Abroad While Black: GK Life Lesson #2

Abroad While Black: GK Life Lessons is a custom list that we created to highlight some of the advantages and benefits of living and/or working abroad while black. The list will continue to grow regularly, so don’t forget to check for updates.

In the last few years, an unprecedented number of black millennials have hopped on international flights and discovered parts of the world their parents had never even heard of, let alone considered traveling to. Social media sites have emerged with images of black travelers doing some of the most stuntastic things you can imagine while on vacation: that one guy dabbing while on a camel ride in the Sahara dessert, or those girls whose entire clique was in formation while posing on the highest summit in the Himalaya’s wearing #blackgirlmagic t-shirts. We could go on.

However, living and/or working abroad for an extended period of time is still somewhat of an uncharted territory for most blacks. If you happen to be the type of black person who was courageous enough to fly across the world to take on that one-year assignment for your firm, or start an International Business masters degree at a South Korean university, you’d be hard pressed to find other black folks doing the same thing. The good news is, we are definitely outchea, just hard to find.

The next time you find yourself in a rut where you are either unenlightened, unchallenged, unhappy, or unproductive, we’d recommend leaving for a while. Here’s why:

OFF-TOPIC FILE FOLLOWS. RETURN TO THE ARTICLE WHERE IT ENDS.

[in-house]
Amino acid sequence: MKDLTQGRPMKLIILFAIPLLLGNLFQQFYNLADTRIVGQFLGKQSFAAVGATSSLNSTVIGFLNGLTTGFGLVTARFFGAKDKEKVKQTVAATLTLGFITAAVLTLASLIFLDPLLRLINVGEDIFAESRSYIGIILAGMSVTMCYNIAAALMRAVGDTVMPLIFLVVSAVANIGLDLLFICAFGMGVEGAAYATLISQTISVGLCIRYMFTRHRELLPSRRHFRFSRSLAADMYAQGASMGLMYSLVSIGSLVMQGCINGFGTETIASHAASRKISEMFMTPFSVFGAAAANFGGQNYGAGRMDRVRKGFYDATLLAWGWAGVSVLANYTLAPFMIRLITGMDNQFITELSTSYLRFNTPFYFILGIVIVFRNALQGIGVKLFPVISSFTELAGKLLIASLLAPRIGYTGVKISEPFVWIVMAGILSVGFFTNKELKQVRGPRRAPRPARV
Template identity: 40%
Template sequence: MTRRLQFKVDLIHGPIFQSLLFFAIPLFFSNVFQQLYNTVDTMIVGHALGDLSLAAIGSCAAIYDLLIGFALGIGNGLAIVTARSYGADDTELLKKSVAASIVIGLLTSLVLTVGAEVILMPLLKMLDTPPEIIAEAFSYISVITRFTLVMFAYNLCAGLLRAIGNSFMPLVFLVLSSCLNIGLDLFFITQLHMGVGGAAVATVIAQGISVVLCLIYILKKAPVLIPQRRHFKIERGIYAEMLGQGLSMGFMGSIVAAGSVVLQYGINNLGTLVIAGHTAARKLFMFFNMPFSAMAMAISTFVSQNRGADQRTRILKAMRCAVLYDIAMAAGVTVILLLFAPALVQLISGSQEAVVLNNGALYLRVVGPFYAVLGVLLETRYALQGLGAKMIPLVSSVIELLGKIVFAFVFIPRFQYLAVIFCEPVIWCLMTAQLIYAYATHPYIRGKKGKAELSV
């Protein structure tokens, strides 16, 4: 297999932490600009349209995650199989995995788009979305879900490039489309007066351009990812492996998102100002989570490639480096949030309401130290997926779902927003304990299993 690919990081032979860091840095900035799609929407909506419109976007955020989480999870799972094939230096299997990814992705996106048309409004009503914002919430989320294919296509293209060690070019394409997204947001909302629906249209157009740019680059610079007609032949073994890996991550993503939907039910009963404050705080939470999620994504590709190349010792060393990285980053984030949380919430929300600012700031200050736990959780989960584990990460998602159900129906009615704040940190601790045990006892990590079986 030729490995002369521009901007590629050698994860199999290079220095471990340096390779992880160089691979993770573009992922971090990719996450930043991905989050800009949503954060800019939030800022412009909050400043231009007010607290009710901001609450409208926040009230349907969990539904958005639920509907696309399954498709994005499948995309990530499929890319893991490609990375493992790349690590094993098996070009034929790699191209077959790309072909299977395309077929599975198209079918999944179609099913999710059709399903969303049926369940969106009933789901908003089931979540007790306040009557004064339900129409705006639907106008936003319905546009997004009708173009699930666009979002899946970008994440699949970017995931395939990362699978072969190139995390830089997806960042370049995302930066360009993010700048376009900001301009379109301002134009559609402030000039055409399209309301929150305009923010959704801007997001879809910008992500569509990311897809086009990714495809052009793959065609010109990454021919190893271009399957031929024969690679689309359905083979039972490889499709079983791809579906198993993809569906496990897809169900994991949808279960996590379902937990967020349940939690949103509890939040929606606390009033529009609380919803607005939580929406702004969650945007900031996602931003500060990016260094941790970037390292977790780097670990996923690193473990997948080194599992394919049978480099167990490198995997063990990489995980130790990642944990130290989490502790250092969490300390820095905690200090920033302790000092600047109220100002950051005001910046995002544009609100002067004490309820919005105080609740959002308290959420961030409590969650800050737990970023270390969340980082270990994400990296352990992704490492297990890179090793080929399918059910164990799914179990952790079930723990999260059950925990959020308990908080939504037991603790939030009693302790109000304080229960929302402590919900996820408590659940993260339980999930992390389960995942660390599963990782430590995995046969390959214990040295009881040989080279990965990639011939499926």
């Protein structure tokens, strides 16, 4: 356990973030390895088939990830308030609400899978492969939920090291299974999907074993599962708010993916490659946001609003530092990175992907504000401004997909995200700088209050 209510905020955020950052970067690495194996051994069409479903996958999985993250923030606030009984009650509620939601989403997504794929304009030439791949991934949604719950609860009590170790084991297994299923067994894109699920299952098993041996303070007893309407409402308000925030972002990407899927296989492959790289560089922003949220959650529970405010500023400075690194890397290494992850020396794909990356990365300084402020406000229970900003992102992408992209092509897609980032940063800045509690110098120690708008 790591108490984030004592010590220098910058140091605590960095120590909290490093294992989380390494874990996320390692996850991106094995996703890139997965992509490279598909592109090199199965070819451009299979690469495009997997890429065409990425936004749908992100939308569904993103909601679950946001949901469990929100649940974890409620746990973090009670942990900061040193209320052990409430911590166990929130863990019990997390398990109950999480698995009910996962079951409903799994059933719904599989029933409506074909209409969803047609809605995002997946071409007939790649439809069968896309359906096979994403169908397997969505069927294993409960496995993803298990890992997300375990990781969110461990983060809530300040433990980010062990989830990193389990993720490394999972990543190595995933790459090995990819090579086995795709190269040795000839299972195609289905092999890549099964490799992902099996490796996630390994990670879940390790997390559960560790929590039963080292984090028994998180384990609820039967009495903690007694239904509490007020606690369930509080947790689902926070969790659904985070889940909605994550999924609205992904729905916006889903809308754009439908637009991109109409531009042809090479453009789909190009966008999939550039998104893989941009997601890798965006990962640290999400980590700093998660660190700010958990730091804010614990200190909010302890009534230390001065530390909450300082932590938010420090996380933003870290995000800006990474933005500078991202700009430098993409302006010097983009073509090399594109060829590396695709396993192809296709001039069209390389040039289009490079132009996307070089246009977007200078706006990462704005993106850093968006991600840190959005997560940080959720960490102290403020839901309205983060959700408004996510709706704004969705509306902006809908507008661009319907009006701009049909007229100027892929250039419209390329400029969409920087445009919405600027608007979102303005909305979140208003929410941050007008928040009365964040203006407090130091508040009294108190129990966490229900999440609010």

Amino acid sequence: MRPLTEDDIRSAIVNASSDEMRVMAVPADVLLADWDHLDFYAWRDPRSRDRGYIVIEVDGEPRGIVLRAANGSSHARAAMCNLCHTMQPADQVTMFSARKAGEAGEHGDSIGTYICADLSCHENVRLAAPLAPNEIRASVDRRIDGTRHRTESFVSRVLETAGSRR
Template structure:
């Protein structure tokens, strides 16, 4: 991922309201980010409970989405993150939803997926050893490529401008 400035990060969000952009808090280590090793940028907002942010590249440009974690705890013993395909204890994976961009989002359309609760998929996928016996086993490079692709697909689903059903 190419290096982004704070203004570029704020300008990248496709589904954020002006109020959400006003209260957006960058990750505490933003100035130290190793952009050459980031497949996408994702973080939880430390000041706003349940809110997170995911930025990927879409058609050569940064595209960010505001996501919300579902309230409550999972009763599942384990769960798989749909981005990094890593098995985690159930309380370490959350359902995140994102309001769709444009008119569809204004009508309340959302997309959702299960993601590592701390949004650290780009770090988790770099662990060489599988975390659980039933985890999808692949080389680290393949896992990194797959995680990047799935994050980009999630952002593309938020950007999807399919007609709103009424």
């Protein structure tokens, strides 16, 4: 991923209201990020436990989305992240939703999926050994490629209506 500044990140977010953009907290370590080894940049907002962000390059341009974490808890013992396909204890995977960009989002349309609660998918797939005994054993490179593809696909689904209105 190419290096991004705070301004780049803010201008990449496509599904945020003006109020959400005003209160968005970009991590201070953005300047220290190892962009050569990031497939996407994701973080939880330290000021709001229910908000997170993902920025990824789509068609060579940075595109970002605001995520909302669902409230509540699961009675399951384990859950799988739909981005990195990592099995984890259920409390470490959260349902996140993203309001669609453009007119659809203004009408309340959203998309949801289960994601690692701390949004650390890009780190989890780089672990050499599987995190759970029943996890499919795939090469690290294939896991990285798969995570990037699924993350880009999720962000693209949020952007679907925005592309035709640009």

1. You will have an immediate impact on the perception of Black American culture.

2. You will learn to appreciate where you come from. 

Take whatever “ism” you are tired of experiencing in the United States be it racism, sexism, capitalism, corporatism, favoritism, etc., then find yourself in other parts of the world for more than just a vacation. You will soon learn that whatever element(s) you are sick of, which seems so typical of the American experience is also prevalent in said foreign country. The human condition of being imperfect, greedy for power, and susceptible to corruption is everywhere. There is no single place that handles these issues better or worse than others, just differently. These differences largely depend on a few things, especially the following:

  • How people respond to the limitations placed upon them
  • The tools at their disposal to combat those limitations
  • The influential leaders they have to advocate for them

Being a temporary observer to the dynamics of a foreign country inevitably strengthens you to face those in your native country, or at the very least, how to view them in a different light. When you are able to experience things outside of your norm, it reshapes your perception of normal and your worldview starts to change.  If the grass appears to be greener on the other side, consider the idea that there is a cost to maintain it.

 

 

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4 Comments

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  1. I can completely relate about the statement you made about appreciating where you come from. Living in Uganda, I deal with so much which makes me truly appreciate my life back in the states. However, I’m completely humbled by the experience which is something I needed. Thanks for posting!

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